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State funding in jeopardy as schools face declining enrollment during pandemic

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6 P PUBLIC SCHOOL ENROLLMENT DOWN

MADISON (WKOW) -- Schools across Wisconsin will find out this week how much money they'll get from the state, but the future of some of that funding could be in jeopardy.

The pandemic is having a big impact, as districts have seen a drop in enrollment.

School officials say districts all over Wisconsin are seeing a three to four percent drop in students this fall.

For Madison Metropolitan School District (MMSD), that means 1,006 fewer students. According to school officials, 56 percent of those families said they were moving to other districts.

"Families physically moving around, under normal circumstances that's quite common, but also under COVID-19. You can see where a student may have to relocate to stay with family, to allow for working among other families members, or allow for healthcare. A lot of different dynamics came about this time," said Andrew Statz, executive director of accountability with MMSD.

More than half of those children were in 4K or kindergarten, showing parents are making tough decisions to keep their families safe right now.

"We could just be seeing students who are kind of being redshirted by their families, meaning choosing not to enroll, which means next year's incoming class could be pretty big and we've got to be thinking and planning around that," said Kelly Ruppel, MMSD's chief financial officer.

Meanwhile, Janesville School District said this week enrollment is down there by 434 students. 109 of those were in the district's 4K program and most of the others were K-12 students. Kindergarten enrollment dropped for the first time in five years, by 39.

Janesville officials said there is an increase of students enrolled in the district's charter schools, including some from outside of the district, with many families choosing to join the ARISE Virtual Academy during the pandemic.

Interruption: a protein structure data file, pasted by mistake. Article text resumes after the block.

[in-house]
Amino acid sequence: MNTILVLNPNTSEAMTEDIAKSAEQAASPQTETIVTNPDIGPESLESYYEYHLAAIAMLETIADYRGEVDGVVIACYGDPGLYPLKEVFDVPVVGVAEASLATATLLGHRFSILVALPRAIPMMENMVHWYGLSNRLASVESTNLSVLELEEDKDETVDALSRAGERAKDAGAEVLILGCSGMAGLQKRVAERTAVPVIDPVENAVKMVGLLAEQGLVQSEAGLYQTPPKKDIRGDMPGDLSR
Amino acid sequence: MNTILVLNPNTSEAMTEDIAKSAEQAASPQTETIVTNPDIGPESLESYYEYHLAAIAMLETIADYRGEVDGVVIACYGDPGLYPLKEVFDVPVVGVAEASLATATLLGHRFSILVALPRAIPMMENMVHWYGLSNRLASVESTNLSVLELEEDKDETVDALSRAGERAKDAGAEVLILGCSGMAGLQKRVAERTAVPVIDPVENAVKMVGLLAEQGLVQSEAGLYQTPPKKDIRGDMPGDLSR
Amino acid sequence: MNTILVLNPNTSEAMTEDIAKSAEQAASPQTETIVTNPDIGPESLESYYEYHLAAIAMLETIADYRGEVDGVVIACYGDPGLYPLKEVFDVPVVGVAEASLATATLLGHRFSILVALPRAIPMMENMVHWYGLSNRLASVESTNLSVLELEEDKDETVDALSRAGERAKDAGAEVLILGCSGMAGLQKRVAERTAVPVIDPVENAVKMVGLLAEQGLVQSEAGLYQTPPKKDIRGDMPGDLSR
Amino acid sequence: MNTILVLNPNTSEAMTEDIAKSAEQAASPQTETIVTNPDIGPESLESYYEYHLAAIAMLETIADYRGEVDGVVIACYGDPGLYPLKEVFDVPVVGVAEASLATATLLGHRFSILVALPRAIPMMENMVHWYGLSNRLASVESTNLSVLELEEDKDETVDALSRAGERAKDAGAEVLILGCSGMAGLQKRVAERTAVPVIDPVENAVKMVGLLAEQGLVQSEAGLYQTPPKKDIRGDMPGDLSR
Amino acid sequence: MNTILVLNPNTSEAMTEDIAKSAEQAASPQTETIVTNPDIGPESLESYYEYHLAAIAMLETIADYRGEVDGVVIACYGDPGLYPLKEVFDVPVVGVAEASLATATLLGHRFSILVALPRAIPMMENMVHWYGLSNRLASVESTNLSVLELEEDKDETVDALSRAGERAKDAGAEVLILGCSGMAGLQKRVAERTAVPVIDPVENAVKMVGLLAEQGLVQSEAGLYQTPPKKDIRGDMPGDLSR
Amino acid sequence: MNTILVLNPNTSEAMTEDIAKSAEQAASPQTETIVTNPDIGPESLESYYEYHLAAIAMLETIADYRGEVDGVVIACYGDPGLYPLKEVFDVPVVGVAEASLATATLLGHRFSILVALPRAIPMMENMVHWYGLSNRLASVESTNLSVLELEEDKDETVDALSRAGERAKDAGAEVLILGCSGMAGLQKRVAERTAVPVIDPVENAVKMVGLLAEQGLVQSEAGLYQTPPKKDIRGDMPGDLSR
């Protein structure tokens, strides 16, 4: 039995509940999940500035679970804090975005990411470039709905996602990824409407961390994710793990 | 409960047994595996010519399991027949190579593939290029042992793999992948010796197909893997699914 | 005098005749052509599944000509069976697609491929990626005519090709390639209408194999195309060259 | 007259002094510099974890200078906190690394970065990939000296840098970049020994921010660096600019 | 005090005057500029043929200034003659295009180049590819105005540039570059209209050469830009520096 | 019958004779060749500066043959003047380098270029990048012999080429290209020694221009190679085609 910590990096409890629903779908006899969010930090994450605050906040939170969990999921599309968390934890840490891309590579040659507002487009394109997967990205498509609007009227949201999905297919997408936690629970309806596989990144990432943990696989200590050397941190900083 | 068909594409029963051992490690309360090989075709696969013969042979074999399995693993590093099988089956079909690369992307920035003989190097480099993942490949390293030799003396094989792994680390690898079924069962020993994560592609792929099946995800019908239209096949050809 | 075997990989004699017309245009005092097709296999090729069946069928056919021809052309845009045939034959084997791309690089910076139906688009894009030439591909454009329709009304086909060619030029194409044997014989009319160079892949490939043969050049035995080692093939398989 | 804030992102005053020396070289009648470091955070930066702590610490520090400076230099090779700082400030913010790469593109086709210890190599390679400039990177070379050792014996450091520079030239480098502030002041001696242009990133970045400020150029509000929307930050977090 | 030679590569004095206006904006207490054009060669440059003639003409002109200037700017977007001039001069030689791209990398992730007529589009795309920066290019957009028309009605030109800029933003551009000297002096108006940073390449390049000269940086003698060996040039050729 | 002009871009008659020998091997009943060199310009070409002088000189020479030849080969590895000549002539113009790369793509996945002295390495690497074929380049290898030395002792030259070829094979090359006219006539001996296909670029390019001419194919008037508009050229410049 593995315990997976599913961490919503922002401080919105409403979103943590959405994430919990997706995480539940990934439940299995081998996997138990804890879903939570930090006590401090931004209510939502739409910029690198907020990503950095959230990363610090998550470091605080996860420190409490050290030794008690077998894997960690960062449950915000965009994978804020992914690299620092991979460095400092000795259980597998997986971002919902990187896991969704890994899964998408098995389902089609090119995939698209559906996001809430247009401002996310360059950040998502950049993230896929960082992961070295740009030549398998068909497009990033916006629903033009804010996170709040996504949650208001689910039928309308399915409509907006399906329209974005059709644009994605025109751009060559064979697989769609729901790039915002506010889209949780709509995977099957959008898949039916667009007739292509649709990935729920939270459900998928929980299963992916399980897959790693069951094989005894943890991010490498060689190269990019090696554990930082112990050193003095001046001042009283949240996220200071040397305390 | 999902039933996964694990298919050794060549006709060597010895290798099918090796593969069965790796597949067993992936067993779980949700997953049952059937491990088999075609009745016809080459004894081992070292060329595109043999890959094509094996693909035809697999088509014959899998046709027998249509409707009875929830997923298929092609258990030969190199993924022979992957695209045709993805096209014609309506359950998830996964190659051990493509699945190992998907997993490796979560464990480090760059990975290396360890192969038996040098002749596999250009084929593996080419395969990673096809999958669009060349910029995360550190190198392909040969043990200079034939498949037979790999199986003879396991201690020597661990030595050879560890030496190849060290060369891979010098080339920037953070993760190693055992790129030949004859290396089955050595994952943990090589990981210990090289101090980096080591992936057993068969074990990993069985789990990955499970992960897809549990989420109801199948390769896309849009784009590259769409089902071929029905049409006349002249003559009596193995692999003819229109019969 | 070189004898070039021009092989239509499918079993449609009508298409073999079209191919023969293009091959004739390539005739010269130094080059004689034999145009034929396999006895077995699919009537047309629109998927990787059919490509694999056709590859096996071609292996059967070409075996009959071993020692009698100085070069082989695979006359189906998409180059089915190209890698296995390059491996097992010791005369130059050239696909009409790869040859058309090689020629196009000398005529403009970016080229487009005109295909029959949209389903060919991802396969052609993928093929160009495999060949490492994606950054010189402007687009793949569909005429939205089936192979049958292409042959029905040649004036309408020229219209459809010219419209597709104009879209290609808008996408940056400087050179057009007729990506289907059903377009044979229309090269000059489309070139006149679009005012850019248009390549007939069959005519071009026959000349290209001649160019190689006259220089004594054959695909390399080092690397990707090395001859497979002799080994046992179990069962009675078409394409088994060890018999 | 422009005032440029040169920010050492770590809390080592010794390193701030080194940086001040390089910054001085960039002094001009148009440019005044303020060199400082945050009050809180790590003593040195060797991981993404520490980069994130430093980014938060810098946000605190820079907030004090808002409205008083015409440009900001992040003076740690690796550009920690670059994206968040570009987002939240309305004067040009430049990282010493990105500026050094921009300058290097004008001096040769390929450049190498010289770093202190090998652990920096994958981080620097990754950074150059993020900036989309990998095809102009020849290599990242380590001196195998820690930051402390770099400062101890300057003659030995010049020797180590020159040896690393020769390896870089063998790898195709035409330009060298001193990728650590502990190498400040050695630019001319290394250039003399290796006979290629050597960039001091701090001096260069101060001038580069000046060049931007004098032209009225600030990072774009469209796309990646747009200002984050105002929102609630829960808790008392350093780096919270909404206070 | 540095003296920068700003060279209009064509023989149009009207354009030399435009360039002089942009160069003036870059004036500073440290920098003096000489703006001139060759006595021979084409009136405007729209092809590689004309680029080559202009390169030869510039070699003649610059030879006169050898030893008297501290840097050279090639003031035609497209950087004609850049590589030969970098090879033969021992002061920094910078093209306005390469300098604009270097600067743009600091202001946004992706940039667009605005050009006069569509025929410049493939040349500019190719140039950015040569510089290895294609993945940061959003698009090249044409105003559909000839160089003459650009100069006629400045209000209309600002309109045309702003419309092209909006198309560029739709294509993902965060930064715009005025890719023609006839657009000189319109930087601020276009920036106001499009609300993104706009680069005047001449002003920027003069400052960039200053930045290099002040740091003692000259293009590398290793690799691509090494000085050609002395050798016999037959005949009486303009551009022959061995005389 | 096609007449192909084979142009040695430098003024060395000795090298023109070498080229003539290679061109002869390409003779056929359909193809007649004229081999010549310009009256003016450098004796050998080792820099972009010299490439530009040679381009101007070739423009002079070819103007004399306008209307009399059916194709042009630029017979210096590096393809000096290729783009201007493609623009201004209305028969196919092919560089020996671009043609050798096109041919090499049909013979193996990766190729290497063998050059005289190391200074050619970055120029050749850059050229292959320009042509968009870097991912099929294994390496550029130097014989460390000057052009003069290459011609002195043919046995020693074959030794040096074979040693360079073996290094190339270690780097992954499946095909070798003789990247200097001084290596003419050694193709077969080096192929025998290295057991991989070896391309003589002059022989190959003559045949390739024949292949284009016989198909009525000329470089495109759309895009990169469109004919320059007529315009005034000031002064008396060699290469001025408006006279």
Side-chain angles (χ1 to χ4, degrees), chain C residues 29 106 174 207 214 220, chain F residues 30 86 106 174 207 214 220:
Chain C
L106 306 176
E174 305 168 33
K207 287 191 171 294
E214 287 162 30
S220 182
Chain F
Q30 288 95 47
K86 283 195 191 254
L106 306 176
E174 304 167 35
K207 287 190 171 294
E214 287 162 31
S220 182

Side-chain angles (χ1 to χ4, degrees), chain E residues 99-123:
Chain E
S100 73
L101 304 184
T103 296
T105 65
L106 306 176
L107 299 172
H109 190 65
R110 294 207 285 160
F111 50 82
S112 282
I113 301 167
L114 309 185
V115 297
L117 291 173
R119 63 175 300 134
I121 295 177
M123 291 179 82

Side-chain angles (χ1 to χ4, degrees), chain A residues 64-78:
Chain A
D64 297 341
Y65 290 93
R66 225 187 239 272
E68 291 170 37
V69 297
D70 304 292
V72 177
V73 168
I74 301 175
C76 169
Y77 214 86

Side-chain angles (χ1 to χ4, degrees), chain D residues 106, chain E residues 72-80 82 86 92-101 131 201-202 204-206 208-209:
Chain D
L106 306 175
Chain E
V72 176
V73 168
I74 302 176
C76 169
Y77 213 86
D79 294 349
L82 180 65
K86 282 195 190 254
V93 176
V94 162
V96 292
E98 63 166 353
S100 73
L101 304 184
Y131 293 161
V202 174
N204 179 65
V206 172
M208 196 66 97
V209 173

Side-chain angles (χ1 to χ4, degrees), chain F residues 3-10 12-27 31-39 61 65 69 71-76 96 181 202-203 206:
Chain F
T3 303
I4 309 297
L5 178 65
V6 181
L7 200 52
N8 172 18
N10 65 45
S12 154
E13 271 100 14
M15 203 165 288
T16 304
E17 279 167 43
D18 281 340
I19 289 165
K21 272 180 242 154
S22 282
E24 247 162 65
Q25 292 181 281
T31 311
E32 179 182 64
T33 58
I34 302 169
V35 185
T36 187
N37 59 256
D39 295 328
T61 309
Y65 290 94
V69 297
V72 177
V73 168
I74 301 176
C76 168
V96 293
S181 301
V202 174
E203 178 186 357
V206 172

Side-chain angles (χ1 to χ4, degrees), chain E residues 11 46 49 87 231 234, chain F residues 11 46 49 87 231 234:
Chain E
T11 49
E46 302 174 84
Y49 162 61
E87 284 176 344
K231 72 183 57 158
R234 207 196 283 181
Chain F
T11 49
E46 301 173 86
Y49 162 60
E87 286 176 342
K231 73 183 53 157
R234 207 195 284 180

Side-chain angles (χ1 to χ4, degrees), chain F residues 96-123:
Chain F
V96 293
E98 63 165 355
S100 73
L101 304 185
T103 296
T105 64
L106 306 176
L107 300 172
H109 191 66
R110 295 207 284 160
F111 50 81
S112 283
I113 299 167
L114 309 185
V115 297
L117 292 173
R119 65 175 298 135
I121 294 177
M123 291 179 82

In Mt. Horeb, district officials are anticipating a drop of close to 75 students. Superintendent Steve Salerno says about half of those who left went to private schools or chose homeschooling instead of the district's virtual learning program. Salerno is hoping these families will come back to Mt. Horeb after the pandemic.

"This is a phenomenon, sadly, that school districts all around the state are experiencing right now," he told 27 News. "We're hoping for some relief. We've so much as written letters to those in authority to help us."

September student counts are important, because they determine how much money the state of Wisconsin provides to each district.

Those numbers could impact budgets for years to come. School districts are subject to revenue limits based on a three-year average of September enrollment numbers.

"If you have a fewer number of pupils, your school district budget may go down, you won't be able to levy as much from property taxpayers," said Dan Rossmiller, government relations director for the Wisconsin Association of School Boards (WASB).

Rossmiller says the state provides $746 per student. There are some protections but they only last for one year, so these current enrollment numbers may limit budgets permanently.

"The longer the pandemic lingers, the longer the effects on the economy linger and revenue collections are down, that poses an increased risk that next year's school budgets are going to be cut quite a bit," Rossmiller said.

Right now, schools and their supporters are urging lawmakers to make a change, as they work to balance their budgets and plan for the future.

MMSD anticipated the drop in enrollment after surveying parents over the summer about whether they'd return.

The district chose to freeze some hiring during virtual learning. Some teaching positions, custodians, food service workers and other vacancies will not be filled at this time.

"We've made some really good decisions that have put us in as best of a budgetary standing as can be, considering where we are," Ruppel said.

The district is also hoping taxpayers in Madison can help keep them going, through referenda on the ballot in November.

The state Department of Public Instruction (DPI) is releasing a complete list of general aid that will be given to each school district, along with information on revenue limits, on Thursday.

Jennifer Kliese

Weekend Anchor and Reporter, 27 News

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